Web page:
So far this preseason we have taken a look at various “angle-shooting” methods, including the PPOBY (Proven Player Off a Bad Year) and the Brad Radke Rule.
These ideas are not meant to substitute for a complete analysis; full analysis is always better. However, as we often discuss, there are always big limitations in the analytical process and most fantasy owners do not recognize just how large these limitations are. Discussing these limitations is a topic for another day. The point we are making is that these “angle-shooting” rules can often be a scale-tipper when it comes to comparing two players after a full analysis. It is often said in the roto industry that once a player shows a skill they own it and it can resurface at any time. This is true in theory and there are quite a few examples, but this next “angle” begs to differ.
While these so-called skills may resurface at any time, fantasy GMs should look at them as “outliers” that are not only unlikely to be repeated, but end up overrating that player. The hope of regaining past glory is what causes players to be overrated and colors the perception that they are better than they really are.
As the great Frankie Frisch said “Once you have a good year you get five more from people hoping you will repeat it.” That is the ethos behind the “Overrated Outlier Angle” and here are some examples among hitters:
Jose Bautista — He is the epitome of this angle. After his 43 HR .302 BA season ins 2011 he was a clear first-rounder, but there were two outliers that said his BA was suspect. His BABIP that year was almost 30 points higher than it had ever been and his BB/K ratio was a robust 1.19, but he had never walked more than he had struck out before. The next two years brought disappointment and ruin to his owners.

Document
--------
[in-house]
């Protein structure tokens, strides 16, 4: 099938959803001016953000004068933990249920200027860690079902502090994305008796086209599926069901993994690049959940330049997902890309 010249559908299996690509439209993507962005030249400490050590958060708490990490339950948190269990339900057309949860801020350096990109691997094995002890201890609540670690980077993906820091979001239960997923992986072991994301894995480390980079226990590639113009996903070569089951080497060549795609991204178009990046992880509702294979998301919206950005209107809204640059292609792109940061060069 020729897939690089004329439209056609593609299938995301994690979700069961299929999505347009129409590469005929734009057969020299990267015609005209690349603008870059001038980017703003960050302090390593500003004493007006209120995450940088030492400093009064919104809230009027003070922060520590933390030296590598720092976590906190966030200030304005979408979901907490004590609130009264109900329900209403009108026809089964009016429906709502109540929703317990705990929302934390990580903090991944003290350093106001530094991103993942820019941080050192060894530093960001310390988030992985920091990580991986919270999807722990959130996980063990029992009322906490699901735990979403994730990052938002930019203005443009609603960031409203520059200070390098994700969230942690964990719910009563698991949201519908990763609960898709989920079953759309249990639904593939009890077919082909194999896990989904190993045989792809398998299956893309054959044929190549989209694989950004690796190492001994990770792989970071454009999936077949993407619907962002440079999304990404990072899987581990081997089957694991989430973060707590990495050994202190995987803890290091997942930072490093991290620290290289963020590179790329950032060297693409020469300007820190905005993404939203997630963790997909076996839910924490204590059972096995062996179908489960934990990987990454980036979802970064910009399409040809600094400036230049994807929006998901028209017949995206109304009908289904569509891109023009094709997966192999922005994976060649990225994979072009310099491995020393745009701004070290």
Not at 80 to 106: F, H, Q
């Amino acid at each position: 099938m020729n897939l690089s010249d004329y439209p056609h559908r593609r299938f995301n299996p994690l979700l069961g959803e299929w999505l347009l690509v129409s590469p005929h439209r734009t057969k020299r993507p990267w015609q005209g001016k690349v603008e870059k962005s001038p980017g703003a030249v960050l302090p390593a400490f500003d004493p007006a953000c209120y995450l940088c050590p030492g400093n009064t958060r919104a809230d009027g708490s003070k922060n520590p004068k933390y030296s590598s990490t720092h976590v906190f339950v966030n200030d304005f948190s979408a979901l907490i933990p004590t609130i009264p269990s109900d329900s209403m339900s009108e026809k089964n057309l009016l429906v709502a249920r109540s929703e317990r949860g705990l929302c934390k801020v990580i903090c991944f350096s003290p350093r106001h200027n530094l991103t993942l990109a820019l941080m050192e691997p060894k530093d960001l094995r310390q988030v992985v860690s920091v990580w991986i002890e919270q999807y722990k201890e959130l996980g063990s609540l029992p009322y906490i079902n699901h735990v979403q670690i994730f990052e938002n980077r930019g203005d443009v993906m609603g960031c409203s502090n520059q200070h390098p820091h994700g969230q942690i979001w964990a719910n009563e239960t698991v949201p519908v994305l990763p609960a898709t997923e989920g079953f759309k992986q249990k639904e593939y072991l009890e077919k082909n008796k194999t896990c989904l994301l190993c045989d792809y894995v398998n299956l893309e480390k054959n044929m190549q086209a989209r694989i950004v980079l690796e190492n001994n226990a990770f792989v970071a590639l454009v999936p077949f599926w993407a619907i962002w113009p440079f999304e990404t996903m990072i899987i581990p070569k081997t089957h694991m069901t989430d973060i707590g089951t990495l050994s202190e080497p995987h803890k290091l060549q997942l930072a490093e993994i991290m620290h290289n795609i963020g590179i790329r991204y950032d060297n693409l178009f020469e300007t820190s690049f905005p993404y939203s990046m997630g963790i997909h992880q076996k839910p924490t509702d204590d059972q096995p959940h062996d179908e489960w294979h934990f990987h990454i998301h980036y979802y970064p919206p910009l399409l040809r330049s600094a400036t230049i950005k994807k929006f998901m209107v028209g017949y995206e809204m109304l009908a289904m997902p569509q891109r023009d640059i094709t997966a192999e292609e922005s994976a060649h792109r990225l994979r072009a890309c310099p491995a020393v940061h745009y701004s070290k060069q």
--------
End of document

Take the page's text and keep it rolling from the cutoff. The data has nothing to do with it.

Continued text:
Matt Carpenter – Carpenter is going to be overrated this year. He has logged almost 900 AB with a BABIP in the .360 range. Some may think that his line drive percentage of almost 26% supports a potential continuation of the high BABIP. Don’t bet on it. This is a guy who had a .723 OPS at AA at age 26.
Nelson Cruz – It is no wonder he has had difficulty landing a big contract. He is a below average, old OF who is consistently overrated by roto players. Now age 34, his one really big season was based on a .350 BABIP in 2010. Owners are still waiting for him to rebound, and they will continue to wait. He is a .260 hitter that roto owners keep hoping will be a .290 hitter.
Josh Donaldson – If you draft Donaldson you deserve what you get, be it another good year or, as this fantasy baseball analyst thinks, a terrible, soul-sucking season that bobsleds your team to fifth place. Donaldson struggled to get his BABIP in the .280 range for most of his career. Last year he got into the.340 range. Let’s not forget he hit .199 at AAA in 444 AB in 2011.
Dexter Fowler — Ah the siren-like allure of the power-speed-average triple threat. Fantasy owners better tie themselves to the mast when Fowler’s name comes up. Fowler hit .300 in 2012 while putting up a BABIP close to .400. Like Cruz, he is a .260 hitter at best. Fowler has the double whammy of a 27 SB season in 2009, leading people to think he is a bigger SB threat than he really is.
Adrian Gonzalez – Circle yours truly as falling into his trap. Gonzalez hit 40 HR in San Diego in 2009. 40 homers in San Diego was almost a super-human feat that led many to think he might hit 50 when he went to Boston. Gonzalez is a good player, but even 30 HR is a huge stretch at this point and at age 32 it is all downhill from here.
Jose Reyes – Another trap that this writer fell into. Reyes put up a .337 BA in 2011, and given his speed, health and BB/K ratio he looked like a perennial BA Title contender. Again, one BABIP outlier tells the whole story. He is overrated, but still very good…if he’s in one piece
Chase Headley – 31 HR is not happening ever again.
Ryan Howard – Check out his last two years. He is undraftable.
Chris Johnson – Another .400 BABIP guy.
Desmond Jennings – He hasn’t been great since AA.
Brett Lawrie – His entire reputation is one hot streak.
Evan Longoria – First round dreams, seventh round production.
Hanley Ramirez — You don’t believe it? 2011 and 2012 are much more likely than his BABIP aided 2013.